We were out of a lot of staples for July so I knew we would have an expensive month for groceries. We are still working hard at keeping our food budget well under $1,000 by watching prices more carefully, eating up what we have and […]
Meal Planning to Save Time and Money I have heard of the wonderful idea called meal planning many times over the past few years and every time I read a post about it I love the idea of having all of our meals planned […]
To say we’ve had a lot of change over the past two years is an understatement. We bought a house, added a child, added a new driver, got a puppy, discovered our older dachshund has some chronic health issues (lots of vet bills), have one child starting college this fall and two starting different preschools and to top it off my husband just started a new job with a completely different type of pay schedule. Needless to say our budget has undergone so many changes over the past couple of years I am having a hard time reaching a new normal. As soon as I get everything calculated and rearranged something new pops up and I have to do it all over again and it is getting a more than a little frustrating. I am determined this time, with the new pay schedule to figure things out once and for all (or at least until another major change ha ha!). My goal is to find a system that works for us and has lots of flexibility for those months when everything seems to happen at once.
I started doing my research on a new way of budgeting a few months ago. I looked at several websites, talked with my posse of like minded budget gurus, read some of my favorite budget books and a few new ones, and browsed Pinterest boards to see what was trending because just like diet fads, budgeting methods seem to follow trends too. What spoke to me the most was adopting a more frugal lifestyle and building up our “buffer” for those months that seem to have every expense on earth scheduled. I have used Quicken to track my expenses for over a decade and it has been the best resource I have tried. This year the “Savings Goals” tool has become my absolute favorite. It has really helped me stash away money for big expenses in my regular checking account without having to stash it in several different accounts for each category as many budgeting gurus suggest. Keeping track of multiple accounts can get challenging and simplifying budgeting makes it way easier to stay on track!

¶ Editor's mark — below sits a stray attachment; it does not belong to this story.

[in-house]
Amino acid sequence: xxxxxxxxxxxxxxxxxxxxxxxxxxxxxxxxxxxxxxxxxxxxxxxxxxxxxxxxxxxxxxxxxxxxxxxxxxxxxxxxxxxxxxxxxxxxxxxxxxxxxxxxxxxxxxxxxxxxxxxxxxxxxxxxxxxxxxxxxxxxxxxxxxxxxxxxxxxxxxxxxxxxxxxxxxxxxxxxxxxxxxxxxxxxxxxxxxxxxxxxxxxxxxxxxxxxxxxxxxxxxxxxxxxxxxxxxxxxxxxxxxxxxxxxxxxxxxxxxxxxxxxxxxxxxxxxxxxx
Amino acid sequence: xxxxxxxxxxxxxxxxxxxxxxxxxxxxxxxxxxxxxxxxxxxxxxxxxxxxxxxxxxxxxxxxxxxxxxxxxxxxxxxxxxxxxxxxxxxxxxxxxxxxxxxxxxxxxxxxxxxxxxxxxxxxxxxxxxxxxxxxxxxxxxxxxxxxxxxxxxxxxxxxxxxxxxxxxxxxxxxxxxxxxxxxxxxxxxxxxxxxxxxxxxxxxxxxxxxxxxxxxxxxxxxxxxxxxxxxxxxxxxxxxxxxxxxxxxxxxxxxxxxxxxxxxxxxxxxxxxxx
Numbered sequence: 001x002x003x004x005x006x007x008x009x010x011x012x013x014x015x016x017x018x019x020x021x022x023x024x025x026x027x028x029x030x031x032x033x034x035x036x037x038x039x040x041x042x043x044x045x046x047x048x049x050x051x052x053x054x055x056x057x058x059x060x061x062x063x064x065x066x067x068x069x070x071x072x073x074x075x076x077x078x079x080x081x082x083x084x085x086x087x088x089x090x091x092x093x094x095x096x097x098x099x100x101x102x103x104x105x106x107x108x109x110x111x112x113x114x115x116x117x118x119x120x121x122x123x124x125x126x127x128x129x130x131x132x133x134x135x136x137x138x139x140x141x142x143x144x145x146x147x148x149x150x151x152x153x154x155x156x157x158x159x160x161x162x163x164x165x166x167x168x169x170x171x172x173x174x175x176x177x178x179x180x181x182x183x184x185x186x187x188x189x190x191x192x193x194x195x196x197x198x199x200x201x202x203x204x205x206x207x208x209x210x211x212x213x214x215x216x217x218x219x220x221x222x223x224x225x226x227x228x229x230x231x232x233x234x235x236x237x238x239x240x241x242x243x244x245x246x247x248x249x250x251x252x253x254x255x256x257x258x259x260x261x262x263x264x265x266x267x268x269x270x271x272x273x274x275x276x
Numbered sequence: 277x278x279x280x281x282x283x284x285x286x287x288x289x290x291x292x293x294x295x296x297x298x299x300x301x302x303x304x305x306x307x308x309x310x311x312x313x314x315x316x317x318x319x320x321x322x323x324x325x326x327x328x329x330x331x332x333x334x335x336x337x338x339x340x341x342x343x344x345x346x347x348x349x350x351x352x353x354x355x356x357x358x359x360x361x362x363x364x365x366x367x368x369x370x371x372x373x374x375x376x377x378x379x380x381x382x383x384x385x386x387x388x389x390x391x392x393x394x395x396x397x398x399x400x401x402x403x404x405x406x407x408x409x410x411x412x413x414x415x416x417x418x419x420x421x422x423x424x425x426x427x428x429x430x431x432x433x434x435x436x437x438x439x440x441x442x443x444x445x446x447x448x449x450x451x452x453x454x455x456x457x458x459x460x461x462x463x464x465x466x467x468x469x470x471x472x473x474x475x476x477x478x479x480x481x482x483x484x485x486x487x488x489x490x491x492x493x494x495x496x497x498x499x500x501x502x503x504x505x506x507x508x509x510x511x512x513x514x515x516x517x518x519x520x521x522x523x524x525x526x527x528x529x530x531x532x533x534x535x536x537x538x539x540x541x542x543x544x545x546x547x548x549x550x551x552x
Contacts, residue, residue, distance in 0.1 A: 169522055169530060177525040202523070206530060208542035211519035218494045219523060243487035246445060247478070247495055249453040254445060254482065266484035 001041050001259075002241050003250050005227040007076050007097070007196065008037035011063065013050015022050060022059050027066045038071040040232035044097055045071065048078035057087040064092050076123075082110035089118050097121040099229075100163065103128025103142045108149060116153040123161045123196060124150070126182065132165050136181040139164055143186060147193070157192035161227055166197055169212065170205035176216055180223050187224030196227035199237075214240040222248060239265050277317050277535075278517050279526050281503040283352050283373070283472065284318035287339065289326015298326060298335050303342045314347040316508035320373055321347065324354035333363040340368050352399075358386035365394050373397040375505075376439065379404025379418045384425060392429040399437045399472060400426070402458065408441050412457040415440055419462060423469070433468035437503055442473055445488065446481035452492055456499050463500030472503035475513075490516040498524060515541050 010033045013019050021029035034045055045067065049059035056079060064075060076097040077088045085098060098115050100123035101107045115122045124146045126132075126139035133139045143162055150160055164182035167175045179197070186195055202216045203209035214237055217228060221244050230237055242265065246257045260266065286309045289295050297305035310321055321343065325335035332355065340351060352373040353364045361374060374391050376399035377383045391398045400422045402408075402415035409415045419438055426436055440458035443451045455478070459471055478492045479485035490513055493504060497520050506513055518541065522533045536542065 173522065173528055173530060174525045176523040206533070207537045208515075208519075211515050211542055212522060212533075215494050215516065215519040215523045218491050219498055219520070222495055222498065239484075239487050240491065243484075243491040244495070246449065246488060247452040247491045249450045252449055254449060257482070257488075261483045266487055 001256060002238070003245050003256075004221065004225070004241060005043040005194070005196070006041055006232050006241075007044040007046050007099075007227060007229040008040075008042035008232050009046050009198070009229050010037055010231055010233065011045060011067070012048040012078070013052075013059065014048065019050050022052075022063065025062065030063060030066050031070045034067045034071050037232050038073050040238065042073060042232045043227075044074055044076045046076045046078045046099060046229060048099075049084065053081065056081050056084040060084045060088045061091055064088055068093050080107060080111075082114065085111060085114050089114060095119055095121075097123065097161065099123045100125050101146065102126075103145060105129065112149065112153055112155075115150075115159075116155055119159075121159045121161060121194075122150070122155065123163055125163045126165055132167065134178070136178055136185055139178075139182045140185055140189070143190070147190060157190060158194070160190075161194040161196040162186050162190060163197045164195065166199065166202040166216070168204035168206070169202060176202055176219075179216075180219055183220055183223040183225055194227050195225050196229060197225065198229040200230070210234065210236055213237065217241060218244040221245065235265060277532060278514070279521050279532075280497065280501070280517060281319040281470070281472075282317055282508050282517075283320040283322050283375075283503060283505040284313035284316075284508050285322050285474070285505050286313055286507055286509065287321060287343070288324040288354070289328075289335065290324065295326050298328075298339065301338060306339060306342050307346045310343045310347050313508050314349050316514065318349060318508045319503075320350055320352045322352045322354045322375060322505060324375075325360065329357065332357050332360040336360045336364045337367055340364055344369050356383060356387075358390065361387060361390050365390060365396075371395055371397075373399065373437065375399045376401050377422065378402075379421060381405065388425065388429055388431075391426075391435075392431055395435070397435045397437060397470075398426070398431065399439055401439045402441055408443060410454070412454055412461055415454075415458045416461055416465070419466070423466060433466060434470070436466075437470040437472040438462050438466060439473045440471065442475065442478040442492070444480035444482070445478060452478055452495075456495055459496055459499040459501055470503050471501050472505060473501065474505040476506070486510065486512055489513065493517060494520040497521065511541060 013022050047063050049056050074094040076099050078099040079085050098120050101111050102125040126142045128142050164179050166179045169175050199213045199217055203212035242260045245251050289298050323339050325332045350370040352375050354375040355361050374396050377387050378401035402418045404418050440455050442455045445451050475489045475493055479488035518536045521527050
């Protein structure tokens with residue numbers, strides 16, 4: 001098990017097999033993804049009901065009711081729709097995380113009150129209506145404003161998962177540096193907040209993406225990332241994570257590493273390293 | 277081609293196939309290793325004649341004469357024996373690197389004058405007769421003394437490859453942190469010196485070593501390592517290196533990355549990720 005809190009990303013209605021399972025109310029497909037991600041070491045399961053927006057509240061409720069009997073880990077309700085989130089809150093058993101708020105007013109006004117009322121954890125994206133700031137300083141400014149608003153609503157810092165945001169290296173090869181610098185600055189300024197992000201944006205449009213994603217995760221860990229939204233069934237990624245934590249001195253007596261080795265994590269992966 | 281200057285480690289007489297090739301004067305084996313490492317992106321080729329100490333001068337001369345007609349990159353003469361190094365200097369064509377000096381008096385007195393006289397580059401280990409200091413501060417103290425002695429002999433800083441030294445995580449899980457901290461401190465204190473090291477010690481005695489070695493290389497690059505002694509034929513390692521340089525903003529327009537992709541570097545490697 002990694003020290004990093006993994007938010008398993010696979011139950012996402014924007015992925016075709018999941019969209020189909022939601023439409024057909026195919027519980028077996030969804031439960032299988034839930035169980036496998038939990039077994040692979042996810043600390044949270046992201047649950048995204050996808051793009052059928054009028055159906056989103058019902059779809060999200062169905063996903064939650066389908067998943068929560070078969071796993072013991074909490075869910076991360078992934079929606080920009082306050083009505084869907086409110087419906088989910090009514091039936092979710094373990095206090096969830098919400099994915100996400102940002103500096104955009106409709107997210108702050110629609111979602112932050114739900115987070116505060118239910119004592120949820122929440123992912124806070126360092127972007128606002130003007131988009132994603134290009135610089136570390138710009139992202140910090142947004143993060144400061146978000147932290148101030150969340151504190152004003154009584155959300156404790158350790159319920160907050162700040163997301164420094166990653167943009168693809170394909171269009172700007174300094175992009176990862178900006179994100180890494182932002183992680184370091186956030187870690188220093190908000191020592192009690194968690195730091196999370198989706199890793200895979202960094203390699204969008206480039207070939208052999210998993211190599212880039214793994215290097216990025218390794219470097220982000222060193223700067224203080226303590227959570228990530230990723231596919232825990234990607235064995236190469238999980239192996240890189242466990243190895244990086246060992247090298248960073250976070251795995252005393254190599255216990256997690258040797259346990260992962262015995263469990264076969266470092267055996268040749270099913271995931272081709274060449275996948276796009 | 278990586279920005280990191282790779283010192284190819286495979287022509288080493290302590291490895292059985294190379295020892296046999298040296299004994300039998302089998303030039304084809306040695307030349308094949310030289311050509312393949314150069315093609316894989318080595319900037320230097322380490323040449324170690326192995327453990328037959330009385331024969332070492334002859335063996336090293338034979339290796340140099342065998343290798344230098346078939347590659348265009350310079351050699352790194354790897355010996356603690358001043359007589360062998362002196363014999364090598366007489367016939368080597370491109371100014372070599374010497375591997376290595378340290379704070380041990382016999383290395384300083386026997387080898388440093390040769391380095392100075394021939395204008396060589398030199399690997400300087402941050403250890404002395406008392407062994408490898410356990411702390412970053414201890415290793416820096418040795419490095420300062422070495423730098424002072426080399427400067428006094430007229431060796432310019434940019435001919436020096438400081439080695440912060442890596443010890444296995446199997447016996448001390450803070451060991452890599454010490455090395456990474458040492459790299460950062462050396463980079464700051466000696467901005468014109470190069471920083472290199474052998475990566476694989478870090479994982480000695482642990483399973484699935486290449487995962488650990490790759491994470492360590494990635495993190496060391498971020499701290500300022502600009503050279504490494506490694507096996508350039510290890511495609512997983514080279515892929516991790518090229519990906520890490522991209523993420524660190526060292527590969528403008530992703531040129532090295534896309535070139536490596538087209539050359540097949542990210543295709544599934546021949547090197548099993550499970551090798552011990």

The way the savings goals work is you “move” the money into a separate account so it is not available in your checking/savings account. It is a great way to keep track of how much money you have available in your account for any given expense. In the past I would try to accomplish this in a spreadsheet but that got complicated with trying to remember which amounts I had moved around. For example lets say you have some money set aside for home improvements. Let’s say you have $2000.00 total and you have some minor home improvements you want to complete that will cost about $1000.00 but will take you a few months to complete. You would transfer the $2000.00 into the Home Improvement savings goal in Quicken so it would not show up in your checking account register but if you look at your balance at your bank online it will still be there. Let’s say the first weekend you tackle the pantry needing to be fixed (here’s our pantry story) but you only have time to buy paint and that costs $60. The next weekend you go out and buy shelves, bins and the accompanying hardware and that costs another $150. So your total for the pantry project is $210. You could either “move” the money from your Home Improvement savings goal to your checking account after each transaction or after the next time you balance your checkbook. There is no need to worry about being short in your checking account or remembering to transfer money from savings to cover it because the money is already there. Once you move the money your balance in your Home Improvement account would be $2000.00 – 210.00 for a total of $1790.00.